The manger is up (Joseph is missing his crook) and the little lighted village is aglow and there are candles everywhere, including bayberry. Gifts are wrapped and right now we are roasting chestnuts, which just set off the smoke alarm. Tonight we'll go to the Unitarian-Universalist candlelight service. They were just given a brand new concert grand piano, so the music should be outstanding.

One of our favorite old TV movies is "The House Without a Christmas Tree", which of course, ends happily (I mean it's a Christmas movie), and we just missed being one of those houses. I guess a person could survive, but it's nice not having to.

Sunday, December 21, 2008

Good Movies You Might Not Like At Christmas

Good movies are always piled up at the end of the year to make the choosing of awards easier for those who select the winners of Oscars and Golden Globes and Critics' awards. I have recently, after a bit of a movie drought, seen three very fine movies. Unfortunately they are not the sort that will get one all cozy and ready for the holiday season.

The first is "Rachel Getting Married", which has some great acting, even though it is about those precious, wealthy kinds of people who live in large houses probably in Connecticut. It's hard to figure out exactly who these people are, since they seem to know a lot of musicians (It was written by Sidney Lumet's daughter, who is also the granddaughter of Lena Horne), and a racial mix of vaguely theatrical and academic types. And the wedding itself is a sort of "Monsoon Wedding" clone, for no apparent reason. Anyway, it involves a spectacular case of sibling rivalry and is fun to watch. If you think Mom liked your sister best, you may not enjoy it.

The next movie is "The Boy in the Striped Pajamas." It's a Holocaust story and heartbreaking, so it's hardly "The Christmas Story". It did come out quite a bit before the holiday season, but just reached this area around Thanksgiving. The acting is fine and it is something that could have happened - but probably didn't. I have been trying to think of what we called that horror before it started being called "Holocaust." I remember when the book and then the TV mini-series came out that it became the name of the tragedy. I think after the war, we called it "the death camps" or the "concentration camps" but didn't give it a name. "Holocaust" fits because that's what it was, of course, or genocide. It is just unbelievable still. The movie doesn't explain anything, because I don't think it is possible to explain such a terrible thing. It is worth seeing.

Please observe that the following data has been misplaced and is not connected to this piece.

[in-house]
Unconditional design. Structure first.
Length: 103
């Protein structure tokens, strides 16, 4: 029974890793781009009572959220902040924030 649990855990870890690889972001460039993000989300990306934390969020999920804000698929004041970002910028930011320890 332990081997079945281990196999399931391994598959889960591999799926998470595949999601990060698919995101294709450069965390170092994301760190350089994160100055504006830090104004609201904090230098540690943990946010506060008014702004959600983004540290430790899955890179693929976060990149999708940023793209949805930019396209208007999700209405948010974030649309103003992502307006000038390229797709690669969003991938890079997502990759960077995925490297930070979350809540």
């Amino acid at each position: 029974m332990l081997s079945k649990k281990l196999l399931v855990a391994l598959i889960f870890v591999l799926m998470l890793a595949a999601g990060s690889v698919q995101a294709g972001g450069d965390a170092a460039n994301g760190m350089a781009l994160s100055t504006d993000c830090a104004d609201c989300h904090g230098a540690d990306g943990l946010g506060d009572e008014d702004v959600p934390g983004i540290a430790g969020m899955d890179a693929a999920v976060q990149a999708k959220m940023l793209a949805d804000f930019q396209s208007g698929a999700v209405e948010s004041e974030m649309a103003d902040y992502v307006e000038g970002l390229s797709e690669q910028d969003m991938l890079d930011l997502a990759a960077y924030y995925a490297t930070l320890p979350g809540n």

The best movie I have seen in a long time is "Slumdog Millionaire,"even though it, too, has some parts that are very hard to watch. The premise is so clever, even though it seems implausible: a poor street kid, who has had to fight to survive, gets on "Who Wants to Be a Millionaire?" and is able, because of his experiences, to answer more and more difficult questions. He is accused of cheating, and tortured by the police. In telling how he knew the answers, we see his life and find out. It's an amazing story and though fictional, you know that there are hundreds, probably thousands of children in Mumbai and other large cities where small children have a daily strugglem, often brutal, to survive on their own. It's funny and sad and just such an absorbing story. There is happy ending, a downright joyful ending.

Of course, I shall watch "The Christmas Story" for the zillionth time and laugh and all, because it is the season for that sort of thing. But is was good to see a few fine flicks for a change.

Thursday, December 18, 2008

Stuff, as in Too Much Of It

Once in a while, if I wake up around 3 a.m., I start thinking about all the stuff I have in this house, and what I am going to do about it. I envision renting a Dumpster, opening a window and throwing, throwing, throwing until the dumpster is full. Then I think, wait a minute, some of that stuff is probably worth something, and also that some of that stuff belongs to my far away children, as well as those close by. I have told them that I am not running the Burnell Museum of Childhod Stuff. And I know that they also have vast collections of stuff where they live, too.